Afrit is a famous name in cryptic crosswords, partly from a description of the setter's duty to the solver in this book's introduction - summarised as "You may not mean what you say, but you must say what you mean." Rather surprisingly, much of that introduction is advice to solvers. When you tackle the puzzles you'll see that Afrit's practical implementation of fairness was not as strict as that of current "Ximenean" setters who are seen as influenced by both Afrit, and Ximenes in his 1966 "Art of the Crossword" book.
You will find "forbidden practices" if you compare the puzzles to current broadsheet cryptics. (Examples are from Puzzle 1 in the book). First, indirect anagrams - "Upright attitude of a Mediterranean island (5)" = ERECT from 'Crete', with 'attitude' presumably intended as the anagram indicator. Second, partial wordplay - "Soft drink introduced by the Wild Man of Borneo (9)" = ORANGEADE as it starts with Orang (Utang) - the EADE part is not indicated. Clues are often wordy - "The man to see there's been no foul play: he'll have nothing done in a corner (7)" = CORONER - modern setters would use about 8 words. There are also a few clues that would count as racist or sexist by modern standards.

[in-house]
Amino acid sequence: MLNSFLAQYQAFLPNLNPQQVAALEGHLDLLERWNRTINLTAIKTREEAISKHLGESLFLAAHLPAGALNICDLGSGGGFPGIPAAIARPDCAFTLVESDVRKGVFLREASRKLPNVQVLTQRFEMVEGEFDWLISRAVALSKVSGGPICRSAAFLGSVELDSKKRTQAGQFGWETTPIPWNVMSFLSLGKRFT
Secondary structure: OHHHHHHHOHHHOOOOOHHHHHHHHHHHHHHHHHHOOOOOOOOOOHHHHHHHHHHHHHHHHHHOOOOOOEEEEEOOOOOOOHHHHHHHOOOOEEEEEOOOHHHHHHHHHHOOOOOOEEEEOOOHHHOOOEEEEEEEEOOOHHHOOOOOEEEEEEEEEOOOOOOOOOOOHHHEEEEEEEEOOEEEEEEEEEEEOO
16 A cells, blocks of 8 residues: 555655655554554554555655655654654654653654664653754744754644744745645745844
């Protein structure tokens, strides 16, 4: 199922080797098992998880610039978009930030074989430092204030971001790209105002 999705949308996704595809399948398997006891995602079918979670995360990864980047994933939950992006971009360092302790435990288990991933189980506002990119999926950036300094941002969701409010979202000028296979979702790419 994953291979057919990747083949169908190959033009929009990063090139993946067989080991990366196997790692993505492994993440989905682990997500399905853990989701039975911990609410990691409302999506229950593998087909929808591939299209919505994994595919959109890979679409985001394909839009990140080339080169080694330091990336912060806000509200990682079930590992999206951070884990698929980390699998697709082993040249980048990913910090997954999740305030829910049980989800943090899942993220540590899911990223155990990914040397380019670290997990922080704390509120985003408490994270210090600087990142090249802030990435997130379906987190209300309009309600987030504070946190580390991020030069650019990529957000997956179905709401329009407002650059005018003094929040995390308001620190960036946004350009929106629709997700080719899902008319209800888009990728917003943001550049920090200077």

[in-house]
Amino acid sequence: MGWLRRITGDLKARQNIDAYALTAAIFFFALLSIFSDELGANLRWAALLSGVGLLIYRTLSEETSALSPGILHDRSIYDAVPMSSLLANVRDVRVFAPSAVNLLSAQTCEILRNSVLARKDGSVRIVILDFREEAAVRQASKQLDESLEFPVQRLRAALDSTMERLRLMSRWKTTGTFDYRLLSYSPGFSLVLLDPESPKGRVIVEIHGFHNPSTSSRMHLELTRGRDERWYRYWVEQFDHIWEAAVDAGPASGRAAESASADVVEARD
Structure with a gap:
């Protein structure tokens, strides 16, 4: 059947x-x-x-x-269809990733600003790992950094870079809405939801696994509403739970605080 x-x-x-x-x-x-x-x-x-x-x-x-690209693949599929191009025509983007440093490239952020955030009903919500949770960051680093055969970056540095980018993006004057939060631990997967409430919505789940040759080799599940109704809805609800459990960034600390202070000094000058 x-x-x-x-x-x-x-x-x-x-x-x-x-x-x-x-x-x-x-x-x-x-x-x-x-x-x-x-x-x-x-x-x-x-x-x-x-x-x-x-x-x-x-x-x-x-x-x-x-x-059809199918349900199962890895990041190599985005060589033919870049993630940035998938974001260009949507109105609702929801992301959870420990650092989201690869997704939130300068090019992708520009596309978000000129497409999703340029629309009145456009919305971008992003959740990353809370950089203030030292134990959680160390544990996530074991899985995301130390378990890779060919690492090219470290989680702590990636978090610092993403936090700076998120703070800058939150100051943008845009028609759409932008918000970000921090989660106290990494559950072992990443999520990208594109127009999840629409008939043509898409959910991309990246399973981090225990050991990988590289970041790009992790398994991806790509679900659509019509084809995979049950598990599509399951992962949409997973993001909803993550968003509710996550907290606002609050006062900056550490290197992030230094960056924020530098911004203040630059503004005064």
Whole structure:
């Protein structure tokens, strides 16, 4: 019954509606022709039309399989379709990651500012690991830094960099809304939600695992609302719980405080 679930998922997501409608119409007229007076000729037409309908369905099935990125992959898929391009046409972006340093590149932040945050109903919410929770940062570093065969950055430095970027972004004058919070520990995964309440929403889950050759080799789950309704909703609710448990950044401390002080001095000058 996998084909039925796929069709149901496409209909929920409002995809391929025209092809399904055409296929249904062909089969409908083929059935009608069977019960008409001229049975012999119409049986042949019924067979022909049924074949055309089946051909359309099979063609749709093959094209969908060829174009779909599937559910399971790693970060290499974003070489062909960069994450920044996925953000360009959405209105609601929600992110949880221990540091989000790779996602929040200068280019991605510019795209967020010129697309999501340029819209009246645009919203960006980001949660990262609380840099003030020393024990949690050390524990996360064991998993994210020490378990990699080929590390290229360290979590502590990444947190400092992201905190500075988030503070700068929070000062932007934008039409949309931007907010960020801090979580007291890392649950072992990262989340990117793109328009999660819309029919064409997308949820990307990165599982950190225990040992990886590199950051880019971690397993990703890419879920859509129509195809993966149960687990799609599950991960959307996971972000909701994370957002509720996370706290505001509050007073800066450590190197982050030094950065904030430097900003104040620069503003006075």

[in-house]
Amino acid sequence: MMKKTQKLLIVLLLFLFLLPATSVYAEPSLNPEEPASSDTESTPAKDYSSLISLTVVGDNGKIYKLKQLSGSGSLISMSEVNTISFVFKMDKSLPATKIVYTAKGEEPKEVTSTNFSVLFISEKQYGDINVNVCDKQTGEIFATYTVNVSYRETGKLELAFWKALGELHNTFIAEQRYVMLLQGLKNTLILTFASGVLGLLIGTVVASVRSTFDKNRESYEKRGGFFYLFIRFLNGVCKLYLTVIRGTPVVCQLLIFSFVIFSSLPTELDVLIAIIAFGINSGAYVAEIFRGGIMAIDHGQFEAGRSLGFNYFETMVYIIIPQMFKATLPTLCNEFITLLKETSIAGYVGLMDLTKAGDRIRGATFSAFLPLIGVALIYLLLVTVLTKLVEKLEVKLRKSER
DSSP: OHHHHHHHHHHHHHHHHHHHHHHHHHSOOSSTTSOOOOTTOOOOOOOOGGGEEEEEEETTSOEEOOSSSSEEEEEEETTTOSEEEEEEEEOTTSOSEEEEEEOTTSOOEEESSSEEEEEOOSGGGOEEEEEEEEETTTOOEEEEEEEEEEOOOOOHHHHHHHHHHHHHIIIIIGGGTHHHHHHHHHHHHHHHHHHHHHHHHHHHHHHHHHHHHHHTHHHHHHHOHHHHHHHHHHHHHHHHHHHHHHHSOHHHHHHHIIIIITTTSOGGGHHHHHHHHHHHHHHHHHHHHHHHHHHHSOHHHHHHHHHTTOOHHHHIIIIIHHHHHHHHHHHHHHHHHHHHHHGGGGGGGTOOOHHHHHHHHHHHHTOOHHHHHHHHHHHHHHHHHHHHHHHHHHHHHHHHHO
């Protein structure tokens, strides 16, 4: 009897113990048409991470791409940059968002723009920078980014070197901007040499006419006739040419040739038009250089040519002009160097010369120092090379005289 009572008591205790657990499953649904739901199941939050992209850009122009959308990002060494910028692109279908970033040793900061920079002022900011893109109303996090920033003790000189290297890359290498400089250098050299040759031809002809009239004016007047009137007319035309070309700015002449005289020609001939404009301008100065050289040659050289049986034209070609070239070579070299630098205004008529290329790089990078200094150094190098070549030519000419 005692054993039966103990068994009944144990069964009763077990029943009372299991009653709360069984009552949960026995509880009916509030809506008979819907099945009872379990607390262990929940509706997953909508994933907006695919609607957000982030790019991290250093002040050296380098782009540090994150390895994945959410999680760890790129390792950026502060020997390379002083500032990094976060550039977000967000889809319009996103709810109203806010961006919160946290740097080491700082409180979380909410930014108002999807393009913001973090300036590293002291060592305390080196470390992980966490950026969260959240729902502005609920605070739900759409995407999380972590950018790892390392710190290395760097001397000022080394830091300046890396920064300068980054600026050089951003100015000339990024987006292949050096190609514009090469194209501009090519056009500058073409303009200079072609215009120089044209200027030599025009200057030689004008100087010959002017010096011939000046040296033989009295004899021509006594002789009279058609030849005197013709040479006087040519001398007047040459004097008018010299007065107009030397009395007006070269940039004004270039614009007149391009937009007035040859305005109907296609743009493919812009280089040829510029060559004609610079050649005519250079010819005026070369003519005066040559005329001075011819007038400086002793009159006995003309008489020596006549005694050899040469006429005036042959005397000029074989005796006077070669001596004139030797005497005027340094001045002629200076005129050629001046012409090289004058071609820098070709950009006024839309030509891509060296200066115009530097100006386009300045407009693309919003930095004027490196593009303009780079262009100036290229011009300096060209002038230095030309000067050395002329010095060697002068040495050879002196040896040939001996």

For the puzzles, you need to get used to an older style, but readers of one-puzzle-a-year anniversary collections for the broadsheets will know what to expect. In the 25-30 of the 40 puzzles I've now tried, there were a few words I didn't understand, but nothing so dated or obscure that it caused a serious problem. I gave up a few clues short of about 3 of the puzzles, and had the odd mistake in maybe 5 others.
The grids are different to present-day ones. Word-lengths in most are only from 5 to 9 letters. There are also apparent 2-letter words in most, but these are not clued. Checking is up to standard - at least half the letters in every word. The last 5 puzzles have bizarre hybrid grids using both bars and blocks.
Two puzzles are novelties - a "narrative" where clues are missing words in a passage (not too hard), and one called "True lovers knot" where four names of brides and grooms intersect. These are unclued and with most of the other answers filled in, I can't see who they are, so my guess is that this is the hardest puzzle in the book.
The standard of production is good - sewn binding, good paper, a few misprints though nothing really important. As well as the 40 puzzles, solutions, 3 pages of Afrit's Introduction and a short preface from Ximenes, we get photos and a brief note on Afrit, including an apparently accidental joke - "He was a demon at croquet" (afrit = "an evil demon in Arabian mythology"). Solutions are not explained, but very few need explaining.